Reactor No. 2. Third explosion, March 13 The emergency cooling system at Unit 2 was damaged during the Unit 3 blast, resulting in the uranium fuel rods at 2 becoming dangerously, and completely, exposed for a number of hours. Containment vessel is damaged, radiation leak feared. Bottom of containment vessel blows. There are several containers around the nuclear fuel for the reactor. The fuel itself is inside rods, which are, in turn, inside a steal and concrete container vessel, currently filled — or partially filled, in this case — with sea water, to try to cool the fuel rods. If the container vessel, “the last line of defense from keeping the radioactivity from being released,” has been damaged by the explosion, fuel and radioactivity could leak into the environment. (BradBlog and CLG, collected here.)

Reactor No. 4. Fourth explosion, March 14 Spent nuclear fuel in the reactor heated up, creating hydrogen and triggered a hydrogen explosion. Officials now admit that radiation levels are harmful to human health. (Washington’s Blog citing several sources.)

BBC reports “Japanese engineer Masashi Goto, who helped design the containment vessel for Fukushima’s reactor core, says the design was not enough to withstand earthquakes or tsunami …” MSNBC notes there are 23 virtually-identical reactors in the U.S. built by General Electric.

This global catastrophe highlights the lunacy of building nuclear power plants on an island that sees 1,500 earthquakes a year.

The number of jobs in the US grew by 236,000 in February, and the official unemployment rate fell to its lowest level since 2008, according to the Labor Department’s latest jobs report released Friday.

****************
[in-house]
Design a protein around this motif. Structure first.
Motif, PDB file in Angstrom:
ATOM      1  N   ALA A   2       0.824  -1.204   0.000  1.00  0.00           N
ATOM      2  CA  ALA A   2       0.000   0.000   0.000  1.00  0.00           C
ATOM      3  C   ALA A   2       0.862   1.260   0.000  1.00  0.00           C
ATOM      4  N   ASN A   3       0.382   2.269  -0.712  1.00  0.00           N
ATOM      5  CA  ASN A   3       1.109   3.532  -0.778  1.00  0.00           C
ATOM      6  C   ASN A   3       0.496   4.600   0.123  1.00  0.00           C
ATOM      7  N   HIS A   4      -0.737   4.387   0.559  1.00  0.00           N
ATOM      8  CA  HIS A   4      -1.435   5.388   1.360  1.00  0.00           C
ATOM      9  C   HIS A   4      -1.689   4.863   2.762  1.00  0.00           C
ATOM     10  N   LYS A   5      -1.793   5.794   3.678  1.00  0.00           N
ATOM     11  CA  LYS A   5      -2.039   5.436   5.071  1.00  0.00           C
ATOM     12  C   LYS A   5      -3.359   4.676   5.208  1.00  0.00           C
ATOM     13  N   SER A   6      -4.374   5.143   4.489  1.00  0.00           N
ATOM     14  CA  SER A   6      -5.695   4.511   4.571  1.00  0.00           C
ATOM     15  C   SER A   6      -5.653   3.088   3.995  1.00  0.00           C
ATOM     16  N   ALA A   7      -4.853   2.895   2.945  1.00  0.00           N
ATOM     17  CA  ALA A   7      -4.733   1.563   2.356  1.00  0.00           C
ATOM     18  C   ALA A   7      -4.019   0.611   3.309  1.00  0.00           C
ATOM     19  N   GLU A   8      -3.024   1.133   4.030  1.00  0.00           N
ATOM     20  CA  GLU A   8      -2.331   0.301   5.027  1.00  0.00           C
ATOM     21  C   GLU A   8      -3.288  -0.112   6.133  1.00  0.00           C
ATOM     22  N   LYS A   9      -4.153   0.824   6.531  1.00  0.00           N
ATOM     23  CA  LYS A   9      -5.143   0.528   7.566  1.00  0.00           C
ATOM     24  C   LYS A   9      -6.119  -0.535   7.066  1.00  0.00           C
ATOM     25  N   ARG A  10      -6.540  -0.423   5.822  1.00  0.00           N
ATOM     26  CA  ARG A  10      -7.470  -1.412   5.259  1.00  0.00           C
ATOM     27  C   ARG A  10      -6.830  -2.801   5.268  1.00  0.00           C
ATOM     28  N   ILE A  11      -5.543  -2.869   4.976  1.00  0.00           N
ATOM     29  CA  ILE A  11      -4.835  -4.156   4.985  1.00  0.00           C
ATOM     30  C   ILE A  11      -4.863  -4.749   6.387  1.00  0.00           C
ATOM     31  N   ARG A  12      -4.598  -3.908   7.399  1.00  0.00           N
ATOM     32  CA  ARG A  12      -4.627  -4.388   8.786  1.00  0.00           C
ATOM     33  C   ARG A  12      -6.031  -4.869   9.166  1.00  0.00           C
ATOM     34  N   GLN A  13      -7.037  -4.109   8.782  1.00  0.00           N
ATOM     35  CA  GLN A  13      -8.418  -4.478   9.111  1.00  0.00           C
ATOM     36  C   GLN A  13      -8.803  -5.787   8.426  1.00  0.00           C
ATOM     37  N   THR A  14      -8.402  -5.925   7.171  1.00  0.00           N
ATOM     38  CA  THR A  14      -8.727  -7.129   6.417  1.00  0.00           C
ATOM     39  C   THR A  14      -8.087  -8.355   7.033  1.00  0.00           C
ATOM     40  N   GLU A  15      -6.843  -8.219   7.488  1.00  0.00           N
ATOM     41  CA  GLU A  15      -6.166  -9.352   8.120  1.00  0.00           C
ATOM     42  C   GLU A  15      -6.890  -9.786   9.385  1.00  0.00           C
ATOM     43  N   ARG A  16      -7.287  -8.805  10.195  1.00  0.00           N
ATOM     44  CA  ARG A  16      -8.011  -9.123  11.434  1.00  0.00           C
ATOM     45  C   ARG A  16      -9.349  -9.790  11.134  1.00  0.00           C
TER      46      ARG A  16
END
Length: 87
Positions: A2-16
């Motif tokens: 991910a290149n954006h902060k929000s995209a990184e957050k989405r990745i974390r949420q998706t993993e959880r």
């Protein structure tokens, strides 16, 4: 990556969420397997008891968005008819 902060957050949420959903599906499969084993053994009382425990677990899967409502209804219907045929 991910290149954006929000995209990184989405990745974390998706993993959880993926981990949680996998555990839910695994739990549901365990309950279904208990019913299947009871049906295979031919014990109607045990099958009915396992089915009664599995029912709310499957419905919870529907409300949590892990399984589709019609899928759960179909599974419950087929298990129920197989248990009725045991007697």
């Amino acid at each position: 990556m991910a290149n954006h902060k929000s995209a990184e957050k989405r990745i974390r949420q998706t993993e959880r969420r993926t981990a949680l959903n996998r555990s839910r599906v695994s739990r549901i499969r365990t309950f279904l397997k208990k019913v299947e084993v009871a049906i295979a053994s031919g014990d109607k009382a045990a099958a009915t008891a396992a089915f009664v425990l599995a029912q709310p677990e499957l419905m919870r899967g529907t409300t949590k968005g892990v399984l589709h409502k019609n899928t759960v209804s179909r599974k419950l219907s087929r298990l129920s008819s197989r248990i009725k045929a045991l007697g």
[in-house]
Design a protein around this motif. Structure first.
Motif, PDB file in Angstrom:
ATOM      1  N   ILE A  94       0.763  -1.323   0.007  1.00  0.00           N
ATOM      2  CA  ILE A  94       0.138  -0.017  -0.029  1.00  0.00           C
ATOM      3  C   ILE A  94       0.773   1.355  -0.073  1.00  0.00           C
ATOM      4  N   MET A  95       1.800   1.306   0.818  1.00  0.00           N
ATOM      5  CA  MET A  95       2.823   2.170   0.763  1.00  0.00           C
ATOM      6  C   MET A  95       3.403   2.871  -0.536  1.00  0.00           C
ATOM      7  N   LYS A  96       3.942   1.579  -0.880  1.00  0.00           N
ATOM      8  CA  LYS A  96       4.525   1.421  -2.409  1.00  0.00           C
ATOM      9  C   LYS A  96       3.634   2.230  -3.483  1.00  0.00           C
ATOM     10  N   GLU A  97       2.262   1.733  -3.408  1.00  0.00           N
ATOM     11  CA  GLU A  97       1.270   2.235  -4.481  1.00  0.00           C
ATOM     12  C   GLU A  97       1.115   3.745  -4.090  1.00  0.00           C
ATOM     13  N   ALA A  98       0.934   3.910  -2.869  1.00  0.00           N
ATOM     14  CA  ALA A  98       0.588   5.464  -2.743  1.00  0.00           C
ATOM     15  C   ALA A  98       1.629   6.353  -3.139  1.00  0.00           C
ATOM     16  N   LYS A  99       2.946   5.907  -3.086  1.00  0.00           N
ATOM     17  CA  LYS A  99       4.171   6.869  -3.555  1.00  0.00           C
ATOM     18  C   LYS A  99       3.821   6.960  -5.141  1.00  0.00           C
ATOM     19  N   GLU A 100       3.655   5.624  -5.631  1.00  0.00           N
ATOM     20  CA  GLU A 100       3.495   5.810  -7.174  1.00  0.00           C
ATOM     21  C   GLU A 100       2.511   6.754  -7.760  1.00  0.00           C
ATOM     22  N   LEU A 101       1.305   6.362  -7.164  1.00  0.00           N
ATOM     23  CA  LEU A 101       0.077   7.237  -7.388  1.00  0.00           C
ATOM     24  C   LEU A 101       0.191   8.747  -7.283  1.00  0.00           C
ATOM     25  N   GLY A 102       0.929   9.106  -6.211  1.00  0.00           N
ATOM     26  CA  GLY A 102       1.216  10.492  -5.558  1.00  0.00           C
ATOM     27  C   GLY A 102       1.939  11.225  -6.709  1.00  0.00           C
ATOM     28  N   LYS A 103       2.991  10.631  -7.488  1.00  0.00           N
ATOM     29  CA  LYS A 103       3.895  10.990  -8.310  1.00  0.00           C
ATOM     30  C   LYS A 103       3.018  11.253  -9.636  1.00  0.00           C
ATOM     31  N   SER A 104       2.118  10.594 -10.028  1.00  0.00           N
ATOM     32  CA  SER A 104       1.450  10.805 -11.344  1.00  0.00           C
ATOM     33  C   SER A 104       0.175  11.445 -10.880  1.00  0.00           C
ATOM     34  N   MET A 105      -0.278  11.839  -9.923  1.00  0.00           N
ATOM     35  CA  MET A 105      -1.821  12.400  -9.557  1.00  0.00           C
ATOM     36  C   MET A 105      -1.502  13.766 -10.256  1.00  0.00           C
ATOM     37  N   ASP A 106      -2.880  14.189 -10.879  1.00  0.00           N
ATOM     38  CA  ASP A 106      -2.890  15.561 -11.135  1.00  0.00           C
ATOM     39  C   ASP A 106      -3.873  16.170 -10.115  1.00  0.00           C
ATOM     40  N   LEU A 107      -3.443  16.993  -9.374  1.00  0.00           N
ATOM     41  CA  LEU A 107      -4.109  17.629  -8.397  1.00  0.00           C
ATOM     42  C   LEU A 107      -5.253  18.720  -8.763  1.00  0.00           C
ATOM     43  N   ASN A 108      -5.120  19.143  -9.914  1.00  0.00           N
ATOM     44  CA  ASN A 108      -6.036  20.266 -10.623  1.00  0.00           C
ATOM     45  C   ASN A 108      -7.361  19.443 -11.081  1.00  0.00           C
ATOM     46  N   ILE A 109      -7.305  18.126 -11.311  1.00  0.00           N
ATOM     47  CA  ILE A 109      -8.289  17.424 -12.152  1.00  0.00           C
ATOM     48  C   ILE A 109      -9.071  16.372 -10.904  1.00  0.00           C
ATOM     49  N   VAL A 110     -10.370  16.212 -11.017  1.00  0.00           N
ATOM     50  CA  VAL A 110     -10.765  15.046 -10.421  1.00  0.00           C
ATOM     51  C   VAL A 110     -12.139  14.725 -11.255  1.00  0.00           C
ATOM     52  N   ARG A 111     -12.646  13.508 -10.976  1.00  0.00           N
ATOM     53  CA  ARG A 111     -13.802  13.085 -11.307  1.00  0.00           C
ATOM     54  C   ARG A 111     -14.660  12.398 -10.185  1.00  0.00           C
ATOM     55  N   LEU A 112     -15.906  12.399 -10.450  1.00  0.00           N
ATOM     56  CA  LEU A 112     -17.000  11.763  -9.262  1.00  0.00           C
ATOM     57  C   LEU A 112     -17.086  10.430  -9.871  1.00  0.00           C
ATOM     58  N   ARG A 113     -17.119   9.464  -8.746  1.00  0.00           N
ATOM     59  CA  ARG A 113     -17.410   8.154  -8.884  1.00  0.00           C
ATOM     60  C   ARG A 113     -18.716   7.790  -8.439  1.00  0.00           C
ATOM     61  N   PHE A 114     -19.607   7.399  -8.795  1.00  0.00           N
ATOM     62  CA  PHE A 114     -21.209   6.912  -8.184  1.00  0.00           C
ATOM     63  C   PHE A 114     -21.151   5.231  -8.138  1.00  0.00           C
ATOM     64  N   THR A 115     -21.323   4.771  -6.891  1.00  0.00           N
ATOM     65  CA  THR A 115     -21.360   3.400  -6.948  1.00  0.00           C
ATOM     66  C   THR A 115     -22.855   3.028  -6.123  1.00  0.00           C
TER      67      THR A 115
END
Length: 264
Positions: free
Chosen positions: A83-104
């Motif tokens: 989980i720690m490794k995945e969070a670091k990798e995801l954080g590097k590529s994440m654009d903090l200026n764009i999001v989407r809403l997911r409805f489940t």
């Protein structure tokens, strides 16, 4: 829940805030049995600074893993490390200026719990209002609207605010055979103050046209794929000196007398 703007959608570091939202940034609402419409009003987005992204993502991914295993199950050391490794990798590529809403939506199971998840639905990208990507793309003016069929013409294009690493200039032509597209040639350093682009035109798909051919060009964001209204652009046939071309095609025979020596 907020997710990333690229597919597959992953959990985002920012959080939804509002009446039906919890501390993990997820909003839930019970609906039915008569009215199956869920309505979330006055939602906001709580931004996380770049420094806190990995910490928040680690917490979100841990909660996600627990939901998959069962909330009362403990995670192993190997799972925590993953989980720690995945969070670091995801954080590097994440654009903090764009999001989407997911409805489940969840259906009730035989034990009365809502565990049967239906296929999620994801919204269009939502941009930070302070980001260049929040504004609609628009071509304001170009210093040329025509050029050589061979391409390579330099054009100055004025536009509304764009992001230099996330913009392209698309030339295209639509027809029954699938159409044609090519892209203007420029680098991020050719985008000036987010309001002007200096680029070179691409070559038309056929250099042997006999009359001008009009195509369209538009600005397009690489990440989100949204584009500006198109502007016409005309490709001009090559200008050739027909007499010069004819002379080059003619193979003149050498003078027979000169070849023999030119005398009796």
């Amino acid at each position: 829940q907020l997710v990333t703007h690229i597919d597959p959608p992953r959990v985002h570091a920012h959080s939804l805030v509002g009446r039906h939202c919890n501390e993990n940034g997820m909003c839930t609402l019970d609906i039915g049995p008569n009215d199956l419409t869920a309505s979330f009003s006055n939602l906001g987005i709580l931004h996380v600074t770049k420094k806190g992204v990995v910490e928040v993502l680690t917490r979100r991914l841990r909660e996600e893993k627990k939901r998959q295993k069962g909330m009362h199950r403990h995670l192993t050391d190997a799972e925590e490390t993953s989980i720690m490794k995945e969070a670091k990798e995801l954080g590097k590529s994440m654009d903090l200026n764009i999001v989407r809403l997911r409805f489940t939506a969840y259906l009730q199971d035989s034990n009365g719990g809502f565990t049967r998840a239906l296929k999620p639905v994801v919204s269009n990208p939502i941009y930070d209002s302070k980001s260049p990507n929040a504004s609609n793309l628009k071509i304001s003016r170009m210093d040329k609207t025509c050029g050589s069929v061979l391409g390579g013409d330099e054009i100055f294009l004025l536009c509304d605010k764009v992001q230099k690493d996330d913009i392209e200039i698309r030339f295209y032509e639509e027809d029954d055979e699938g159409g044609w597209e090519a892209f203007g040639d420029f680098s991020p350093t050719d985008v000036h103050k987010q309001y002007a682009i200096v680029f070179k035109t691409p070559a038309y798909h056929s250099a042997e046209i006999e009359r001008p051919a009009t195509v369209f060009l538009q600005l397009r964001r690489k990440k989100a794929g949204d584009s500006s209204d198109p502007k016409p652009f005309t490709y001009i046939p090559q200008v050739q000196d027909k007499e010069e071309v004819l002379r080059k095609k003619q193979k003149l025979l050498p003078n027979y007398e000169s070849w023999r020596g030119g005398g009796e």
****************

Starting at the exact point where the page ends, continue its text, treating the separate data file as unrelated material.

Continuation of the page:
The media jumped on the jobs total—significantly higher than the 165,000 that had been predicted—to proclaim an economic turnaround, while the Obama White House said the report indicated that “the recovery that began in mid-2009 is gaining traction.”

In reality, the jobs gained are a drop in the bucket compared to those lost during the recession. In the downturn that started in 2008, the US economy lost 8.9 million jobs, and if previous economic trends had continued, another 5.9 million jobs would have been added. Since the end of 2009, the economy has added only 5.7 million jobs.

At February’s rate of job growth, the US economy would not get back to the pre-recession level of unemployment until 2017.

By and large, the new jobs created pay much less than those lost during the crash. According to Friday’s figures, average hourly earnings for production workers have risen by only 2 percent over the past year, a figure wiped out by rising prices.

In addition to paying lower wages, an increasing number of new jobs are part time. Compared to late 2007, 5.8 million fewer people in the US are now working full time, but 2.8 million more are working part time. The share of people working part-time has grown from 16.9 percent at the start of the recession to 19.2 percent today.

Even as payrolls increased in February, a significant number of people simply stopped looking for work and dropped out of the labor force. With 130,000 people dropping out of the workforce, the labor force participation rate fell to 63.5 percent, the lowest level in over three decades.

The percentage of the population that is employed fell from 63.3 percent in February 2007 to 58.5 percent in February 2010. This figure has stayed essentially unchanged at that level since then, with the latest figure coming in at 58.5 percent.

Long-term unemployment has likewise increased significantly in the most recent report. The percentage of unemployed people who have been out of work for more than half a year hit 40.2 percent in February, up from 38.1 in January. At the end of December 2007, this figure stood at 17.4 percent.